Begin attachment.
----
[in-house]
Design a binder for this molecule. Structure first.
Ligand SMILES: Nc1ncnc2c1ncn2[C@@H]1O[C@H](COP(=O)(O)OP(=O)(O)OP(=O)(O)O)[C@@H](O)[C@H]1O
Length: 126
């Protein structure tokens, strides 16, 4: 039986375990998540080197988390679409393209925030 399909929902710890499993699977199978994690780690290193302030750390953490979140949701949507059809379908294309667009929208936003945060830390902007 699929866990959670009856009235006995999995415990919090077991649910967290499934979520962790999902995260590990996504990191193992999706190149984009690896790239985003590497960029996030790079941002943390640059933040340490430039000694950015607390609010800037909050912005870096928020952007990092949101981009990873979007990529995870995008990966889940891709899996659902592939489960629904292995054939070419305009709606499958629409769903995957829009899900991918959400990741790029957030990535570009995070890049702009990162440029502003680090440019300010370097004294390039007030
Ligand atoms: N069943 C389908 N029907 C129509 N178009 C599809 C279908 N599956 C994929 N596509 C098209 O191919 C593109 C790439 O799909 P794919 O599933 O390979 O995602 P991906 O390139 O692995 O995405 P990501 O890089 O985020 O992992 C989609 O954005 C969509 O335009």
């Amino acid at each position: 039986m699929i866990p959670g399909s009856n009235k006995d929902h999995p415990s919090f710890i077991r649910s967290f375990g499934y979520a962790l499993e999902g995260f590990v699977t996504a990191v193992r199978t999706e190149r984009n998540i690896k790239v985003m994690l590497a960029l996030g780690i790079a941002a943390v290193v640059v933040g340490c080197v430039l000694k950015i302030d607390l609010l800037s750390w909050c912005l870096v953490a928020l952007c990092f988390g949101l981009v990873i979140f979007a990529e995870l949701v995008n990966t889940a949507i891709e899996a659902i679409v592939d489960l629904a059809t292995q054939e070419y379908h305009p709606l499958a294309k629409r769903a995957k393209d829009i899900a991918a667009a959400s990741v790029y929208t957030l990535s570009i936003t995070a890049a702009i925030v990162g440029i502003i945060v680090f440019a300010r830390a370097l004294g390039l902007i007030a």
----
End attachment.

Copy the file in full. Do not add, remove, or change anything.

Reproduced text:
[in-house]
Design a binder for this molecule. Structure first.
Ligand SMILES: Nc1ncnc2c1ncn2[C@@H]1O[C@H](COP(=O)(O)OP(=O)(O)OP(=O)(O)O)[C@@H](O)[C@H]1O
Length: 126
């Protein structure tokens, strides 16, 4: 039986375990998540080197988390679409393209925030 399909929902710890499993699977199978994690780690290193302030750390953490979140949701949507059809379908294309667009929208936003945060830390902007 699929866990959670009856009235006995999995415990919090077991649910967290499934979520962790999902995260590990996504990191193992999706190149984009690896790239985003590497960029996030790079941002943390640059933040340490430039000694950015607390609010800037909050912005870096928020952007990092949101981009990873979007990529995870995008990966889940891709899996659902592939489960629904292995054939070419305009709606499958629409769903995957829009899900991918959400990741790029957030990535570009995070890049702009990162440029502003680090440019300010370097004294390039007030
Ligand atoms: N069943 C389908 N029907 C129509 N178009 C599809 C279908 N599956 C994929 N596509 C098209 O191919 C593109 C790439 O799909 P794919 O599933 O390979 O995602 P991906 O390139 O692995 O995405 P990501 O890089 O985020 O992992 C989609 O954005 C969509 O335009």
């Amino acid at each position: 039986m699929i866990p959670g399909s009856n009235k006995d929902h999995p415990s919090f710890i077991r649910s967290f375990g499934y979520a962790l499993e999902g995260f590990v699977t996504a990191v193992r199978t999706e190149r984009n998540i690896k790239v985003m994690l590497a960029l996030g780690i790079a941002a943390v290193v640059v933040g340490c080197v430039l000694k950015i302030d607390l609010l800037s750390w909050c912005l870096v953490a928020l952007c990092f988390g949101l981009v990873i979140f979007a990529e995870l949701v995008n990966t889940a949507i891709e899996a659902i679409v592939d489960l629904a059809t292995q054939e070419y379908h305009p709606l499958a294309k629409r769903a995957k393209d829009i899900a991918a667009a959400s990741v790029y929208t957030l990535s570009i936003t995070a890049a702009i925030v990162g440029i502003i945060v680090f440019a300010r830390a370097l004294g390039l902007i007030a």